Jesus replied: ‘Whoever drinks this water will get thirsty again; but anyone who drinks the water that I shall give will never be thirsty again; the water that I shall give will turn into a spring inside him, welling up to eternal life. John 4:13-15
Christ came for all of us, for all are in need, and all are in need of healing.
But by singling out the poor, the captives, the broken-hearted, the oppressed, he was laying particular stress on a special characteristic of his ministry, namely his special concern for what today we would call the ‘marginalised’; those who, for one reason or another, have been pushed to the margins of our society: the economically poor,
the homeless, the elderly, those mistakenly considered to have little or nothing to contribute to our society.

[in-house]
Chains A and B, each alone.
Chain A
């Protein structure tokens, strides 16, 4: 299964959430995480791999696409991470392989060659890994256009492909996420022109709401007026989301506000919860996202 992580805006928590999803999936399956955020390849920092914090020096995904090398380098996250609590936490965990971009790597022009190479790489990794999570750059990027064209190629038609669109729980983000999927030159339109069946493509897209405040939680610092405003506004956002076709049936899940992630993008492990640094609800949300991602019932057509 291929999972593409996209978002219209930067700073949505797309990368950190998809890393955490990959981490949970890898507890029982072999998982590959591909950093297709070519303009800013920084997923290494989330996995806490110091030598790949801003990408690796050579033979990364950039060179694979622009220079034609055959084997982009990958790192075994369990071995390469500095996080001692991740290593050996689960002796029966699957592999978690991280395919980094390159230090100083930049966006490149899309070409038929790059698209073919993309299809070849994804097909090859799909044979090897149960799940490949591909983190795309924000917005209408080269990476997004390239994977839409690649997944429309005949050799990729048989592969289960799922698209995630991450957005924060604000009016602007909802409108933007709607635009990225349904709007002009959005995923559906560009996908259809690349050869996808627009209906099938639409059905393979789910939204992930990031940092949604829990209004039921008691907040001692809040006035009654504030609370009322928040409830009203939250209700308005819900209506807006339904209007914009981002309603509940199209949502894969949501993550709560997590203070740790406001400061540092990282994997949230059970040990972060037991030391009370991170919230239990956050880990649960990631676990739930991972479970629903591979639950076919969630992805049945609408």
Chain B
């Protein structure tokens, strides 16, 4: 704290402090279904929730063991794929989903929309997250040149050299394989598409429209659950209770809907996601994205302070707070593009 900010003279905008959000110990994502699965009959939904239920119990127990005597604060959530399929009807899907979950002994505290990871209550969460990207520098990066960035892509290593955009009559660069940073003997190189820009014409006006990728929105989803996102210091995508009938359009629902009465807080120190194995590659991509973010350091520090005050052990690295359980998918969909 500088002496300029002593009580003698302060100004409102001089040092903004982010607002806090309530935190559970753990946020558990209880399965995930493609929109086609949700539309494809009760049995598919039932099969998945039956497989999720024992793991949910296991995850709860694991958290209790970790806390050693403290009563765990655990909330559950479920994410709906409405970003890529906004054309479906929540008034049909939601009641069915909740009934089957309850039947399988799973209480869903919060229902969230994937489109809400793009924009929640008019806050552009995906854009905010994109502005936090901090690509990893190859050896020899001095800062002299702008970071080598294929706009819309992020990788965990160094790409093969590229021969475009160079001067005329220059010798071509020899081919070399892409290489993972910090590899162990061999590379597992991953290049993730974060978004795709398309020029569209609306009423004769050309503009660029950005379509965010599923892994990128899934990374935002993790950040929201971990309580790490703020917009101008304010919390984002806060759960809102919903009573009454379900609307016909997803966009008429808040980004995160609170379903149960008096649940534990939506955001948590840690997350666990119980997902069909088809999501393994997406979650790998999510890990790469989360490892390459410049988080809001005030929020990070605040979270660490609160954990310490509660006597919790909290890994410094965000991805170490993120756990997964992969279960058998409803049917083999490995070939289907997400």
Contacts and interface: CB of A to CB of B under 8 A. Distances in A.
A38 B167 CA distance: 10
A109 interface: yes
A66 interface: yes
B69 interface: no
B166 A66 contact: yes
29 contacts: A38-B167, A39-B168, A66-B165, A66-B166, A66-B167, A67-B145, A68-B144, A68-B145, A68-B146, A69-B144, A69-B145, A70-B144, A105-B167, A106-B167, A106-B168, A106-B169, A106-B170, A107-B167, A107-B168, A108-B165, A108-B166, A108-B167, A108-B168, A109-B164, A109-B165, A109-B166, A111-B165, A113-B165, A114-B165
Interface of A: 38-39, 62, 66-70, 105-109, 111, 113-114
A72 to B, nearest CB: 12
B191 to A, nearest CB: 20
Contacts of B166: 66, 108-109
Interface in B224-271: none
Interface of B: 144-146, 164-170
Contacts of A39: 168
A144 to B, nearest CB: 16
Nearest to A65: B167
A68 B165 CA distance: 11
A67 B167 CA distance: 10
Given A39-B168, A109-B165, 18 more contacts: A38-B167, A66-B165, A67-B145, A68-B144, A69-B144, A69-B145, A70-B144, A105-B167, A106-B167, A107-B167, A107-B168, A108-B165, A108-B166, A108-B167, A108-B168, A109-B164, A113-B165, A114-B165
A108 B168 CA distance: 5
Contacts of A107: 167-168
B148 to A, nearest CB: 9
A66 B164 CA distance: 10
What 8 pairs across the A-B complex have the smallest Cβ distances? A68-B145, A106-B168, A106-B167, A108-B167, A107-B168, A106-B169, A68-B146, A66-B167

The good news is a word of hope. There is no situation that is so dark nor apparently so irretrievable that would justify hope being a stranger.
The good news is a word of forgiveness. For those who repent sincerely, of course, but also for those caught up in complex situations and who try, often in spite of themselves and unaware, to let the good in them overcome the wrong that has become a habit.
The good news is a word of love. Too few of us really believe in the warmth and intimacy of God’s love for us.
A word that gives hope; a word of forgiveness; a word that speaks of God’s love: are not these wonderful ways of speaking about God? These are words to encourage; they are indeed good news.
Father, teach us to speak about the hope, the forgiveness and the love which you offer to each person.
We pray for the Cardinal Hume Centre – that it will always be a beacon of hope.
Reflection by Cardinal Basil Hume OSB – originally in ‘A Turning to God’, edited by Patricia Hardcastle Kelly (DLT 2007), used with permission